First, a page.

The impact of knowledge and beliefs on adherence to cardiac rehabilitation programs in patients with heart failure: A systematic review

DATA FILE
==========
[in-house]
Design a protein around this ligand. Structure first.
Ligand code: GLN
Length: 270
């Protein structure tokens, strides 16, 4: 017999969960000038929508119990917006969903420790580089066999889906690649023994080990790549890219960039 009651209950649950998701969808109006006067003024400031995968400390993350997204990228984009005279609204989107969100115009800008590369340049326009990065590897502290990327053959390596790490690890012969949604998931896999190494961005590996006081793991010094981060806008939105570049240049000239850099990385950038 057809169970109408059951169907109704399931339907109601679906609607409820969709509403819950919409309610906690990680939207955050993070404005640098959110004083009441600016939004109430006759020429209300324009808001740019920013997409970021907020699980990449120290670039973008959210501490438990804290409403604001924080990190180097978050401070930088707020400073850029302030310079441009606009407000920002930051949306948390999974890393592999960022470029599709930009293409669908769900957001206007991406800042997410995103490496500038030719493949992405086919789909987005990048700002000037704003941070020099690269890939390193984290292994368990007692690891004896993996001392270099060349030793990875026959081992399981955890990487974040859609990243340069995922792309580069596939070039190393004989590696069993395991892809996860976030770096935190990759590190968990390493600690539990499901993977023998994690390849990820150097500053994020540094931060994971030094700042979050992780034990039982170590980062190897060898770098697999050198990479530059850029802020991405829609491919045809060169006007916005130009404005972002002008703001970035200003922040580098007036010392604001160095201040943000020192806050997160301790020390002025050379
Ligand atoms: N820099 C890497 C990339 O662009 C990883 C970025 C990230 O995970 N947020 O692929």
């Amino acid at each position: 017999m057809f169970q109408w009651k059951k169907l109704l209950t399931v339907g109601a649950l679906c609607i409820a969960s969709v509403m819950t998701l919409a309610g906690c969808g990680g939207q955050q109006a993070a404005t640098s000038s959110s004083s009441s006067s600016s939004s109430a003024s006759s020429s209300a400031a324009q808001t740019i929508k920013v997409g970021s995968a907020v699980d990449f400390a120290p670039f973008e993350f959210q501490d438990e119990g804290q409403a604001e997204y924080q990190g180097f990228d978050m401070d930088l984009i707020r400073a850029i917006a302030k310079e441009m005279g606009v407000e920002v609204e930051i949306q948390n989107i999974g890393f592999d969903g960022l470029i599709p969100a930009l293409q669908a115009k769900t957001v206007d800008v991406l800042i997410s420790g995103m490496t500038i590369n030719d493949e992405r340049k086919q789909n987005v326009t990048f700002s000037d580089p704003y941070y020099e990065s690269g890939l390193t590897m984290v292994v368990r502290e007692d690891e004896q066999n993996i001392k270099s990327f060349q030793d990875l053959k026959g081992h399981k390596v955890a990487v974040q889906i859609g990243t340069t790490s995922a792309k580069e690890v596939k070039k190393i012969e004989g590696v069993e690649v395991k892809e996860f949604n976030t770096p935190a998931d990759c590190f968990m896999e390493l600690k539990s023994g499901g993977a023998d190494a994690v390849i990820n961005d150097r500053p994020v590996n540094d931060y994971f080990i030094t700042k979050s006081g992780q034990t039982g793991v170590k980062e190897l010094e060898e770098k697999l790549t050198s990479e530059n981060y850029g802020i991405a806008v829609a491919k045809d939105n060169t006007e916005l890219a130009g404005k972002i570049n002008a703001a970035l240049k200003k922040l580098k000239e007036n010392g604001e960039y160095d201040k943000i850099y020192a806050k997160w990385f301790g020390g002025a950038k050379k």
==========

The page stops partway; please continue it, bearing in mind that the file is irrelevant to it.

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Background: Heart failure is a global health problem which affects a large percentage of the older population. Cardiac rehabilitation programs have been implemented to aid patients in successfully managing their heart condition. However, non-adherence to cardiac rehabilitation programs is common in this group of patients. This results in higher morbidity and mortality rates, rehospitalisation and ultimately higher healthcare costs. There is a need to have a better understanding of the impact that knowledge and beliefs have on patients’ adherence levels, so that healthcare providers can implement appropriate strategies to promote their adherence. Objectives: This review aimed to establish the best evidence regarding the impact of knowledge and beliefs on adherence to cardiac rehabilitation programs in patients with heart failure; and to make recommendations for healthcare practice and future research. Inclusion criteria: Participants; Patients above the age of 18, who had been diagnosed with heart failure and had been admitted to a cardiac rehabilitation program in inpatient or outpatient settings. Types of intervention(s): This review considered studies that evaluated the impact of heart failure patients’ knowledge and beliefs of their disease, medication, diet, exercise and other lifestyle change recommendations, on their adherence to cardiac rehabilitation programs. Types of outcomes: Heart failure patients’ knowledge, beliefs and adherence toward their medication regime, low-sodium diet, exercise, and other lifestyle change recommendations. Types of studies: Quantitative study designs published in the English language, up to December 2010 were considered for inclusion.Search strategy: Using a three-step search strategy, the following databases were assessed: CINAHL, PubMed, SCOPUS, Web of Science, OvidSP, MDConsult, ScienceDirect, Sociological Abstracts, Mosby’s Nursing Consult, Mednar and TRIP. Methodological quality: Two independent reviewers assessed each paper for methodological validity prior to inclusion in the review using standardised critical appraisal instruments from the Joanna Briggs Institute. Data extraction: Information was extracted by two independent reviewers, from each paper using the standardised data extraction tool from the Joanna Briggs Institute. Data synthesis: The findings are presented in narrative form, as statistical pooling was not possible, due to the different instruments used in measuring the outcomes. Results: Twelve quantitative studies were included in this review (one RCT, one pre-test/post-test single group study, and ten descriptive studies). The present findings suggest that the relationship between knowledge and adherence is unclear. However, patient beliefs on medication, symptom monitoring, illness and control were found to have stronger associations of adherence to cardiac rehabilitation programs. Implications for practice: Healthcare institutions need to provide adequate support for patients with heart failure; individualise adherence-enhancing interventions to cater for varying patient needs; and work on empowering patients. Implications for research: Future quantitative research should be undertaken to investigate the relationship between knowledge and beliefs, determine their combined effect on adherence and examine the effectiveness of strategies used to improve patient knowledge and beliefs. Quantitative and qualitative studies could also be conducted to ascertain the factors correlated with patient knowledge, beliefs, and adherence.
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